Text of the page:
Thursday, 7 May 2009

Wild food foraging - research trip

I spent a fascinating couple of hours today up at Henham Park, 3800 acres of parkland best known as the setting for the Latitude Festival, Suffolk's answer to Glastonbury and home of the charming and laid back Hektor Rous. But there's more to Henham than music and comedy - it's a wild food forager's paradise.

I was with Jacky Sutton-Adam, wild foraging expert (and fellow food blogger) to survey the best spots for Food Safari's upcoming Wild Food in a Day on 6 June which she will be leading. Jacky has been for
aging seriously since 2004 and as we walked through the fields and woods, we talked about the role wild food can play in a healthy diet but also in bringing a whole new level of interest to simply being outdoors.

As we approached the lake Jacky enthused about what she sees as the 'premier league' of wild foods which are great to eat, good for you and by a stroke of natural fortune, abundant in Britain. These include nettles and dandelions which have outstanding antioxidant qualities and but also fat hen - a delicious alternative to spinach and chickweed.

Finding th
e perfect spot for a Food Safari's foray is harder than I'd expected - we were looking for a concentration of lots of interesting edible plants in a compact area to allow maximum gathering time. Finally close to The Stables, Henham's luxury b&b, Jacky spotted a particularly promising looking area of meadow. With a triumphant "I'll get my shears" Jacky headed off.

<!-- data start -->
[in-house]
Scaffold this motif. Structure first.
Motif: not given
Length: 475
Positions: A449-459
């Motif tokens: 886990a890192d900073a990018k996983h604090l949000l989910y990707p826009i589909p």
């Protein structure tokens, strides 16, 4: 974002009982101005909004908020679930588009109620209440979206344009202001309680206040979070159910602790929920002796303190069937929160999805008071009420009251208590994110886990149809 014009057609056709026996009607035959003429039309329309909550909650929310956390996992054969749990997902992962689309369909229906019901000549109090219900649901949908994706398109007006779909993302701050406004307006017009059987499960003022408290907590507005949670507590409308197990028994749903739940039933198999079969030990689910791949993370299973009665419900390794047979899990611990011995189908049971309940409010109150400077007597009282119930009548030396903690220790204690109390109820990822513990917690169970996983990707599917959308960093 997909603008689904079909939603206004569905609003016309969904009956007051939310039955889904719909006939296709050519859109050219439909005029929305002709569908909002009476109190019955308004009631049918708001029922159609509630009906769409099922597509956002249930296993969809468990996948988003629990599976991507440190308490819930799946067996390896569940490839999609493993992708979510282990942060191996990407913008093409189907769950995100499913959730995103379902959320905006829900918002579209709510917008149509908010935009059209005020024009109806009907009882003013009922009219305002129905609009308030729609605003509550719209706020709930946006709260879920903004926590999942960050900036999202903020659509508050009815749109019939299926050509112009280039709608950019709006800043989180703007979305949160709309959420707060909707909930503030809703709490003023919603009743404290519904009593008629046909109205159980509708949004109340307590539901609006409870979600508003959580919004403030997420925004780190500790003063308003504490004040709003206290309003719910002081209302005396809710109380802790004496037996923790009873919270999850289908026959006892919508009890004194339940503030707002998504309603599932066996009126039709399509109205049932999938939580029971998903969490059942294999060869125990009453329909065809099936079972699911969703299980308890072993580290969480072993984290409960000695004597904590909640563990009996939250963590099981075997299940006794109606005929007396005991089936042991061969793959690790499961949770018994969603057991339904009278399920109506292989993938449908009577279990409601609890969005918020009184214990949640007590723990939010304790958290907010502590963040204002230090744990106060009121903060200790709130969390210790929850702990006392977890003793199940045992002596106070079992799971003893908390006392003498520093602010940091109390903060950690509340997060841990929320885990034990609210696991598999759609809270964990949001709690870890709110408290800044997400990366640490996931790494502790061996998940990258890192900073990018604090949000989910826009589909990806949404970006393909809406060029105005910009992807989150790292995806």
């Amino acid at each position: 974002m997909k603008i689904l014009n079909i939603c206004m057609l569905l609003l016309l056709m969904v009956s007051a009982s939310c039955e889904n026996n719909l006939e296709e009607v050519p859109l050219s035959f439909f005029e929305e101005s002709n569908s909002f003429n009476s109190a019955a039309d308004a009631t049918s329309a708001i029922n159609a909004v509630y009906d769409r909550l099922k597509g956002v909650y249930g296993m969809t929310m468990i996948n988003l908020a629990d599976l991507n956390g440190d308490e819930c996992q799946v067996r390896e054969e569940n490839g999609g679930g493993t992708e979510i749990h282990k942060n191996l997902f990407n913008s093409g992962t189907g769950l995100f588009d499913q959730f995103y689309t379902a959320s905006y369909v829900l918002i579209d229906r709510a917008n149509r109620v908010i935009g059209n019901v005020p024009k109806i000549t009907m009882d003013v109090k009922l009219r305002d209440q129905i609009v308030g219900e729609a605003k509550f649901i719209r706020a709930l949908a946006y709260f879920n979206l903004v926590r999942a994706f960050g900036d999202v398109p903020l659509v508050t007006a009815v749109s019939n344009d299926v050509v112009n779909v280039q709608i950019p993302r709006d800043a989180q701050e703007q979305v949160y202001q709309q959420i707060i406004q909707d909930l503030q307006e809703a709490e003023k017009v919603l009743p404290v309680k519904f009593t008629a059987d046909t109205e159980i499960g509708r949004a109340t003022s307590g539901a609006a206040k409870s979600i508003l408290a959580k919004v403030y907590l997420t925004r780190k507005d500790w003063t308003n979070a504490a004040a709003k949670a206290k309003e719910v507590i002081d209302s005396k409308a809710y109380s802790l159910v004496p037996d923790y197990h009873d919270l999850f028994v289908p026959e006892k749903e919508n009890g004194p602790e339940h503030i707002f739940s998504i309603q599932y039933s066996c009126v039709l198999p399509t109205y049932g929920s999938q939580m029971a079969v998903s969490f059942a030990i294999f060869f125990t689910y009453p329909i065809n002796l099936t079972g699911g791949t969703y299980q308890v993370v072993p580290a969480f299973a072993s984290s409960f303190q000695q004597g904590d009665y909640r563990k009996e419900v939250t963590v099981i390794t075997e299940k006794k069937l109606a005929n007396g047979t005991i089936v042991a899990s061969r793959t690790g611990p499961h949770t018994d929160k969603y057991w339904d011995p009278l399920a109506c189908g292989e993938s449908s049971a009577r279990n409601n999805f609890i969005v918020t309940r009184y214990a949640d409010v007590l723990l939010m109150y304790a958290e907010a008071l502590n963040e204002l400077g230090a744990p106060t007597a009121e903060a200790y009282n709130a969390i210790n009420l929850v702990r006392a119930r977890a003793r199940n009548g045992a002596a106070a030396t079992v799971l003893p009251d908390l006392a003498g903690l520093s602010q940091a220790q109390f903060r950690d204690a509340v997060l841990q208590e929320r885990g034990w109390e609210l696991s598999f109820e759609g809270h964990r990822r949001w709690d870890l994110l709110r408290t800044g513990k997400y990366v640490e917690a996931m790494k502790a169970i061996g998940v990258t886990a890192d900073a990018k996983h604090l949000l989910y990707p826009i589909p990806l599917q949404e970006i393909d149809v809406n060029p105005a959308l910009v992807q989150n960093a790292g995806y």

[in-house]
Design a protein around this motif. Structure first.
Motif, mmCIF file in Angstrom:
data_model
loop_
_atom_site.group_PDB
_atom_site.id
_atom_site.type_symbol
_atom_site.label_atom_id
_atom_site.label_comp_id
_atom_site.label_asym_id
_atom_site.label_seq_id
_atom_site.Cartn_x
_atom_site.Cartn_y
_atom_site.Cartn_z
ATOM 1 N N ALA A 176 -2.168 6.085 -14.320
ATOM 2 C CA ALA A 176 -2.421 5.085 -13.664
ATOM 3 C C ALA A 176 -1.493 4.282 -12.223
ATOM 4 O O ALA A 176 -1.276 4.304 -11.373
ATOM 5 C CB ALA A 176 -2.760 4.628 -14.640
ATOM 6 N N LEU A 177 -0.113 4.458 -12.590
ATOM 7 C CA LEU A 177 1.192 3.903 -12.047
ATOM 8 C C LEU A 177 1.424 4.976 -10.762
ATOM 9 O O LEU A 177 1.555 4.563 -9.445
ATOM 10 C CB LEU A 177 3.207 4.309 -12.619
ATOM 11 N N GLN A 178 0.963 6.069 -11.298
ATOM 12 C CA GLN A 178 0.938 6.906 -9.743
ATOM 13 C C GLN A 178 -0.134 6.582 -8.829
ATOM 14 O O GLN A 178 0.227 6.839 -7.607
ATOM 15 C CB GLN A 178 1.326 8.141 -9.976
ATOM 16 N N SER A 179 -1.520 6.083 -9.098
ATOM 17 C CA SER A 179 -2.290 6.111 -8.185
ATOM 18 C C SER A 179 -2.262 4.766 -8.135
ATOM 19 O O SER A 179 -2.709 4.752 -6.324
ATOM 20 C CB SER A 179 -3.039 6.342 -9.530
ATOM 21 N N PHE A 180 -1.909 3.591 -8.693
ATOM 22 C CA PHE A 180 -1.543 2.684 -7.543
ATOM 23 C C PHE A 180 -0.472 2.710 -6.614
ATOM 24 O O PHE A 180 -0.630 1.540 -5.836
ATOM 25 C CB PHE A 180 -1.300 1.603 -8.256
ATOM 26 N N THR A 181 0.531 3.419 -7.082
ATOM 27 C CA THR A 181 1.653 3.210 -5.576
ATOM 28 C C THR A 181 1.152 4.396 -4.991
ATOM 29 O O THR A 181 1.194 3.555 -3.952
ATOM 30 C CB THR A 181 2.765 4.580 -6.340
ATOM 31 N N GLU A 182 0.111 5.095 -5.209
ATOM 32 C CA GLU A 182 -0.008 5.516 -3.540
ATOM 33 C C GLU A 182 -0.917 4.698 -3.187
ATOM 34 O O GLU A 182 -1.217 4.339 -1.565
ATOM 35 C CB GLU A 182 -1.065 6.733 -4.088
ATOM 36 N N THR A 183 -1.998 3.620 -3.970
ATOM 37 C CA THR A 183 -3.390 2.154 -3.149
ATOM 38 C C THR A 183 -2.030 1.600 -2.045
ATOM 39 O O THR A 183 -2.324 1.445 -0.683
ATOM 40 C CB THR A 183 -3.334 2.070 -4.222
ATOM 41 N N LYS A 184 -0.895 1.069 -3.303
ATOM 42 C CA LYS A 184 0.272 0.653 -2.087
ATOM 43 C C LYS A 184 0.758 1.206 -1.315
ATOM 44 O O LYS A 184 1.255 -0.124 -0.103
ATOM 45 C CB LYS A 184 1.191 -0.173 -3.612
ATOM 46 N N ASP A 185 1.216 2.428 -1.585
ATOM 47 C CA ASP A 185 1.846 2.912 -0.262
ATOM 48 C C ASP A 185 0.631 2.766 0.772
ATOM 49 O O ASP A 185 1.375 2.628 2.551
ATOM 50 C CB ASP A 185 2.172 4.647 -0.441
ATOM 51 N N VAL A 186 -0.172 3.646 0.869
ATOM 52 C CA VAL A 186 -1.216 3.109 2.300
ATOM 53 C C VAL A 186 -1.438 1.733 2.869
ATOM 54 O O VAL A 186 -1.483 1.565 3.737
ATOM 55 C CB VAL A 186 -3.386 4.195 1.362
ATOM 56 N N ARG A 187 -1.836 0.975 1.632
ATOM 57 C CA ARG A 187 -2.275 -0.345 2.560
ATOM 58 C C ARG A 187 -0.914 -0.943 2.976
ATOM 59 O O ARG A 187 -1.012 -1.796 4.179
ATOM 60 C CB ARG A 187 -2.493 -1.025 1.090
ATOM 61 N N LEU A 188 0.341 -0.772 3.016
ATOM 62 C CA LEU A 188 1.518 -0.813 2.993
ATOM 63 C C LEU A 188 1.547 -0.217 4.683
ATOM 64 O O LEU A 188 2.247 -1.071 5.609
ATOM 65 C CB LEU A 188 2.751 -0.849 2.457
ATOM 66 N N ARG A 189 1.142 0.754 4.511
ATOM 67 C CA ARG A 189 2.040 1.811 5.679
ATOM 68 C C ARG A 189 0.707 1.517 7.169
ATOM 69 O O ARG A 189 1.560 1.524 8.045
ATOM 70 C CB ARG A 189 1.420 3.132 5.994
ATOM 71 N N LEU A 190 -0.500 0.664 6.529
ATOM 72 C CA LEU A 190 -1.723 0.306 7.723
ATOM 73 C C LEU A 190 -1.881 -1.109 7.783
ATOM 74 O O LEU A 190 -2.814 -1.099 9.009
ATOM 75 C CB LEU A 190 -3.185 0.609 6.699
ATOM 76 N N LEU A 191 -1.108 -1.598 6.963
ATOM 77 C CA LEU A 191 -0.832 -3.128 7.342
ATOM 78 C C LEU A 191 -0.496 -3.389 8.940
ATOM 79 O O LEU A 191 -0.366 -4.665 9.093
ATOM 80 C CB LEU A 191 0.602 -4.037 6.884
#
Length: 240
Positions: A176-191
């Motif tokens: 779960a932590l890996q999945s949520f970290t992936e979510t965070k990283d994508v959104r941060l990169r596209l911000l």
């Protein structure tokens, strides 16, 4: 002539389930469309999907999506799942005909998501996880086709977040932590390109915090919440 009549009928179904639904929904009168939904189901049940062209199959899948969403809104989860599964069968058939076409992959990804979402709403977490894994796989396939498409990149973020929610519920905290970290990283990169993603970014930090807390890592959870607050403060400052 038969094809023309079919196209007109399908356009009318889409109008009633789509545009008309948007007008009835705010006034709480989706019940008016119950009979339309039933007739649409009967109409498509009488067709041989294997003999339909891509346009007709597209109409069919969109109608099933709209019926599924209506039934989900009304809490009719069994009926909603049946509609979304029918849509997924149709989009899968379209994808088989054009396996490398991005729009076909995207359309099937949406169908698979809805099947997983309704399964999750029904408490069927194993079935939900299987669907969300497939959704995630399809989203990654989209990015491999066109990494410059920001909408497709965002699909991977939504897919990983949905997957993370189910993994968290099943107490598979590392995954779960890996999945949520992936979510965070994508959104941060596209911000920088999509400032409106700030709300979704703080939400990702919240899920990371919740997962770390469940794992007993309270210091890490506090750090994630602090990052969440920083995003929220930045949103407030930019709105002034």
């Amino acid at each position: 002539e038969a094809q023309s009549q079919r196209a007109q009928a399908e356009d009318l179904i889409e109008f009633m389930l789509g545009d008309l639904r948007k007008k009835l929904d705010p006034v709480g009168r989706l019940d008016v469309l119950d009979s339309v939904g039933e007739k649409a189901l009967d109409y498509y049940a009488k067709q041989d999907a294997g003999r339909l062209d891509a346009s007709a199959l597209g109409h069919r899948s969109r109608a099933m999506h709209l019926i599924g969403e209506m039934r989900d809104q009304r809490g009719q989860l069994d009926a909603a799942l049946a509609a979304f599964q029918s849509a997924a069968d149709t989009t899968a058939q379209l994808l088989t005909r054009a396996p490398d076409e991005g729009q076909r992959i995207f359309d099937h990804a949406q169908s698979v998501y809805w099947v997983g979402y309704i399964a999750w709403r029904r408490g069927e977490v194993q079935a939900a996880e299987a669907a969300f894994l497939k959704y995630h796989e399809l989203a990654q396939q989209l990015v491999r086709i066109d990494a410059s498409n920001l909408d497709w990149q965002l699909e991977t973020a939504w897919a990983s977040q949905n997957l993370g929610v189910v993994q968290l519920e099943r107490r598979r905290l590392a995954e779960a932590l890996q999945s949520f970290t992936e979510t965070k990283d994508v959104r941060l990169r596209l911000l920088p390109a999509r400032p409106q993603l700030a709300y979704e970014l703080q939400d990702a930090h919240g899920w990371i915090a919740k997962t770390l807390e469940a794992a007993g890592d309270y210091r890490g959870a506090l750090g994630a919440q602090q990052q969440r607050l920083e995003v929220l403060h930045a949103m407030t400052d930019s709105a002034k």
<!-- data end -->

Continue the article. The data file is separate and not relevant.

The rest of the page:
She ident
ified at least 10 edible plants within about 15 minutes, some of which we tasted although Jacky advocated that in most cases it's better to take things home and cook with them than eat them raw. I can testify to this! We've been experimenting with some wild foraging of our own this spring around Framlingham, including alexanders which are related to celery and lovage. My husband enjoys eating the stems raw but the rest of us are more sceptical - apparently they are good cooked like asparagus. Jacky explained that by late summer the dry black seeds can also be used as a seasoning.

Later, over lunch with Mark Dorber at the Anchor in Walberswick we discussed the wild food menu to be served after the forage. There were lots of ideas including teaming mackerel with alexanders, making
a fresh pasta dough with cooked nettles to add colour and flavour and elderflower panna cotta. There was real excitement about the possibilities especially because the nature of wild foraging is that what we find on the 6th June will be unpredictable!